After two years of players kneeling in disrespect on the sidelines at NFL games, Commissioner Roger Goodell released a list of new rules surrounding the National Anthem Wednesday.
"The policy adopted today was approved in concert with the NFL’s ongoing commitment to local communities and our country — one that is extraordinary in its scope, resources, and alignment with our players. We are dedicated to continuing our collaboration with players to advance the goals of justice and fairness in all corners of our society," Goodell said. "The efforts by many of our players sparked awareness and action around issues of social justice that must be addressed. The platform that we have created together is certainly unique in professional sports and quite likely in American business. We are honored to work with our players to drive progress."
"It was unfortunate that on-field protests created a false perception among many that thousands of NFL players were unpatriotic. This is not and was never the case," he continued. "This season, all league and team personnel shall stand and show respect for the flag and the Anthem. Personnel who choose not to stand for the Anthem may stay in the locker room until after the Anthem has been performed. We believe today’s decision will keep our focus on the game and the extraordinary athletes who play it—and on our fans who enjoy it."
The policies require players on the field to stand in respect for National Anthem, but gives those who refuse to stay inside the locker room. Players will not be required to be on the field.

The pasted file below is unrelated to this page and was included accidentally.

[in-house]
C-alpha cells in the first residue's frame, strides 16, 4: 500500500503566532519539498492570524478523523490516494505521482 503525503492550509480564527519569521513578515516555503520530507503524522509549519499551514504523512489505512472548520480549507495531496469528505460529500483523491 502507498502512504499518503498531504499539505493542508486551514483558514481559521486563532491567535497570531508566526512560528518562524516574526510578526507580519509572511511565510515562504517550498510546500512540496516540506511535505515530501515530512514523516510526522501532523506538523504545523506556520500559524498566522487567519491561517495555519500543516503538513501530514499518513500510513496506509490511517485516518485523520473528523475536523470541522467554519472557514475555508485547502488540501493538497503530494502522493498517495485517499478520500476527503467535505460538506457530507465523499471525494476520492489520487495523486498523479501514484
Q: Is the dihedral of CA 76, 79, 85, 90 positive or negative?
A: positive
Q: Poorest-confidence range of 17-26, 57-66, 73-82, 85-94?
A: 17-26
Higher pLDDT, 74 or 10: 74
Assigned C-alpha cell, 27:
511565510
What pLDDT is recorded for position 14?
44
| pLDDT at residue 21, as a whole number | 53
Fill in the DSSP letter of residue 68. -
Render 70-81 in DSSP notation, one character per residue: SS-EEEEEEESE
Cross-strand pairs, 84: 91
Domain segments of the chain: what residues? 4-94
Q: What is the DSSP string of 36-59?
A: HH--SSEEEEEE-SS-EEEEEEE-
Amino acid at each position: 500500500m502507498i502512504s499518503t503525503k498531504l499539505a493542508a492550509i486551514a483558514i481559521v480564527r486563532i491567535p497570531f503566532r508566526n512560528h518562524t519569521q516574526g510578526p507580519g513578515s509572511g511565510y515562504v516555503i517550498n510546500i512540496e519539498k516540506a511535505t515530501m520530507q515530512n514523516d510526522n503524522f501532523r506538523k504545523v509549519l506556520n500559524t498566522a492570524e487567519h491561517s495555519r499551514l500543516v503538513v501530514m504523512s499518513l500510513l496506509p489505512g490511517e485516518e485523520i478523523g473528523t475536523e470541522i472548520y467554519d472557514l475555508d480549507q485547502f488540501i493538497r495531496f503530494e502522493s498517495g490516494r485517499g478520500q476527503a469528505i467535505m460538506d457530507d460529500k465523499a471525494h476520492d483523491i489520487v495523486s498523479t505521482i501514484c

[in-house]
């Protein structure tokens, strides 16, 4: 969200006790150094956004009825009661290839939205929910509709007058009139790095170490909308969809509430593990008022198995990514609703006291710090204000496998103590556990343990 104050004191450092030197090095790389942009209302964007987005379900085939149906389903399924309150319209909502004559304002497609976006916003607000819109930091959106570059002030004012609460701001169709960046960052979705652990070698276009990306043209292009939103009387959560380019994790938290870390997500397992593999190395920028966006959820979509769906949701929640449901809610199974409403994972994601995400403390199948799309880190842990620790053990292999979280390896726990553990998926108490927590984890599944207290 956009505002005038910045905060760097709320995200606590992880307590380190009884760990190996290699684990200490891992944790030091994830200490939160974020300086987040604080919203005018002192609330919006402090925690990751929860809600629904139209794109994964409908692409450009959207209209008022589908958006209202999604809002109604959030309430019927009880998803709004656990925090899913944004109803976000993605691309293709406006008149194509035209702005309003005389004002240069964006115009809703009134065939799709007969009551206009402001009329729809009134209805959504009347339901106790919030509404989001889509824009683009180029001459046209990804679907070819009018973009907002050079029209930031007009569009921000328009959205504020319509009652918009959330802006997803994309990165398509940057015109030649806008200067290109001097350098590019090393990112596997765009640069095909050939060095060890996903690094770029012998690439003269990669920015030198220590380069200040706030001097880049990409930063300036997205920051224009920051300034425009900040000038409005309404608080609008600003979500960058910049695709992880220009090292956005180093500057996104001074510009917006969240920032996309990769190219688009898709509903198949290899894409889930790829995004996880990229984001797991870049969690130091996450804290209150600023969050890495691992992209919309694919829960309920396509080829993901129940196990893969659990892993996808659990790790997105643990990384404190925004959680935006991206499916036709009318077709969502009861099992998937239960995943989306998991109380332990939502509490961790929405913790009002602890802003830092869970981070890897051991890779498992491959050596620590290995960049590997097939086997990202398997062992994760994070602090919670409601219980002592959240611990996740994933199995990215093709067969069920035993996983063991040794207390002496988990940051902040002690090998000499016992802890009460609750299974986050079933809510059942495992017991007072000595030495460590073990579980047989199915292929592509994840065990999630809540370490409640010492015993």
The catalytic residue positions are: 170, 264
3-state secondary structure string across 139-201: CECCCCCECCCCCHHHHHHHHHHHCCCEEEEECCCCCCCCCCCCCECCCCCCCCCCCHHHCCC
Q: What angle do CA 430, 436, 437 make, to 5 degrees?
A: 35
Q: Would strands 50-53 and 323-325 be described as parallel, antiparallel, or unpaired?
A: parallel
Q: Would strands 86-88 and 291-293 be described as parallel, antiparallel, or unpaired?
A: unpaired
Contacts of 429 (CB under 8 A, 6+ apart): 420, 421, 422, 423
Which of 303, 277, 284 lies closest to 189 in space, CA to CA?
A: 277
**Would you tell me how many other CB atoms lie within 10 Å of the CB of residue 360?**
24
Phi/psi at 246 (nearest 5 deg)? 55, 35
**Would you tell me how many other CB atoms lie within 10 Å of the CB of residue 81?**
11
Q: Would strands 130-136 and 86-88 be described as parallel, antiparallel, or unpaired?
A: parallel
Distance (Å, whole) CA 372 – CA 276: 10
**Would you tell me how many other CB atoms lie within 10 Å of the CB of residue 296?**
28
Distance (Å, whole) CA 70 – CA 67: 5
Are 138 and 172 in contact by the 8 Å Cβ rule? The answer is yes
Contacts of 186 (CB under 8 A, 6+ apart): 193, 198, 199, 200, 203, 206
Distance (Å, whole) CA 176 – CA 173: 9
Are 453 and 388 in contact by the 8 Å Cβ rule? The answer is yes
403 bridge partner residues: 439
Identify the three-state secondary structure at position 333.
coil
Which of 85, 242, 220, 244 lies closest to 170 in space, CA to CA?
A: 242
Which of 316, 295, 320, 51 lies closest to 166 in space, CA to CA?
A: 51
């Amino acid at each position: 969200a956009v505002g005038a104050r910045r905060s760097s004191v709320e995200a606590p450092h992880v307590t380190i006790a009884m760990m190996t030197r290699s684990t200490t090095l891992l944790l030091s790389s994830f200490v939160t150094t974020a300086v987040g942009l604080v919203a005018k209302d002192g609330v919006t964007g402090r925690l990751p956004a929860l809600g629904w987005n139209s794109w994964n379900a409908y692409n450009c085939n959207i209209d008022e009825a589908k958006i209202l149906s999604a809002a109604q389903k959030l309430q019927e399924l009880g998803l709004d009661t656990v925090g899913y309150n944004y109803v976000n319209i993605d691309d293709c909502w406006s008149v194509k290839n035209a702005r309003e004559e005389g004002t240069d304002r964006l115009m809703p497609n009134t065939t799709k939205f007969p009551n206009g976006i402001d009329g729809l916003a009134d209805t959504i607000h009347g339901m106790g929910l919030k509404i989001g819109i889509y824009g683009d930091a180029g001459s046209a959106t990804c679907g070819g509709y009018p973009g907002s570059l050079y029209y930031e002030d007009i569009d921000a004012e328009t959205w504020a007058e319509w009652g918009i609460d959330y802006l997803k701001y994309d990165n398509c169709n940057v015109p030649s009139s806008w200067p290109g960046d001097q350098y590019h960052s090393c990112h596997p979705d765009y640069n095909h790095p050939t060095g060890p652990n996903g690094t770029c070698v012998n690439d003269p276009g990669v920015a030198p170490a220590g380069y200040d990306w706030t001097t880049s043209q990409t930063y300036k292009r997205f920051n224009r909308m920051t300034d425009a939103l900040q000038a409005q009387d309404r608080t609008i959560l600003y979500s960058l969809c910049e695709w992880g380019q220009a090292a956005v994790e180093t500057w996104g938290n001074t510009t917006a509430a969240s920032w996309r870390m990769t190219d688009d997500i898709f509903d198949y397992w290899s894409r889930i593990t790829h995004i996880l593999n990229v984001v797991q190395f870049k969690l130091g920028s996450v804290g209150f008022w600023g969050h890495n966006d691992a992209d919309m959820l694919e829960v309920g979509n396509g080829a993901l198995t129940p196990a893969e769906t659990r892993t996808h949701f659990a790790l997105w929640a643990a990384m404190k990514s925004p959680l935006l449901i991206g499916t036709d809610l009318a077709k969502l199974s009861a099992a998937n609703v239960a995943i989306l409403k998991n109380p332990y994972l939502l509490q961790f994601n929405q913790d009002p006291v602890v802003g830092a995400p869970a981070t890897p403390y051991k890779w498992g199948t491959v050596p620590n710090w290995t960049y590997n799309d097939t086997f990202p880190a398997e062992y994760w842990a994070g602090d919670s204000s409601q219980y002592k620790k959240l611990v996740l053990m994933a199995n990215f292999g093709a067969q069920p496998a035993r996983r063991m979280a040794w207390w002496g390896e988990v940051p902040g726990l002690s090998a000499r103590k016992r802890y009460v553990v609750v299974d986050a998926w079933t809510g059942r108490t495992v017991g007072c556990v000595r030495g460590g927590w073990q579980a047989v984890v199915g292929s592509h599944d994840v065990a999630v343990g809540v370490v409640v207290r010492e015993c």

Here are the new policies, bolding is mine:
1. All team and league personnel on the field shall stand and show respect for the flag and the Anthem.
2. The Game Operations Manual will be revised to remove the requirement that all players be on the field for the Anthem.
3. Personnel who choose not to stand for the Anthem may stay in the locker room or in a similar location off the field until after the Anthem has been performed.
4. A club will be fined by the League if its personnel are on the field and do not stand and show respect for the flag and the Anthem.
5. Each club may develop its own work rules, consistent with the above principles, regarding its personnel who do not stand and show respect for the flag and the Anthem.
6. The Commissioner will impose appropriate discipline on league personnel who do not stand and show respect for the flag and the Anthem.
The NFL is not requiring players to stand for the National Anthem. In fact, they're not even requiring they be present.
The NFL Player's Association, which represents players in the union, isn't happy.
“The NFL chose to not consult the union in the development of this new 'policy.' NFL players have shown their patriotism through their social activism, their community service, in support of our military and law enforcement and yes, through their protests to raise awareness about the issues they care about," the association released in a statement. "The vote by NFL club CEOs today contradicts the statements made to our player leadership by Commissioner Roger Goodell and the Chairman of the NFL’s Management Council John Mara about the principles, values and patriotism of our League. Our union will review the new 'policy' and challenge any aspect of it that is inconsistent with the collective bargaining agreement."
Since the kneeling started two seasons ago, the NFL has seen game ratings and attendance nosedive. The number one reason fans tuned out last year was because of the National Anthem protests.
National anthem protests were the top reason that NFL fans watched fewer games last season, according to a new survey released by J.D. Power.
The pollster said it asked more than 9,200 people who attended either one football, basketball or hockey game whether they tuned into fewer games and why. Twenty-six percent of those who watched fewer games last season said that national anthem protests, some of which were led by Colin Kaepernick, were the reason.
After that, 24 percent of those surveyed who said they watched fewer games said they did so either because of the league's off-the-field image issues with domestic violence or with game delays, including penalties.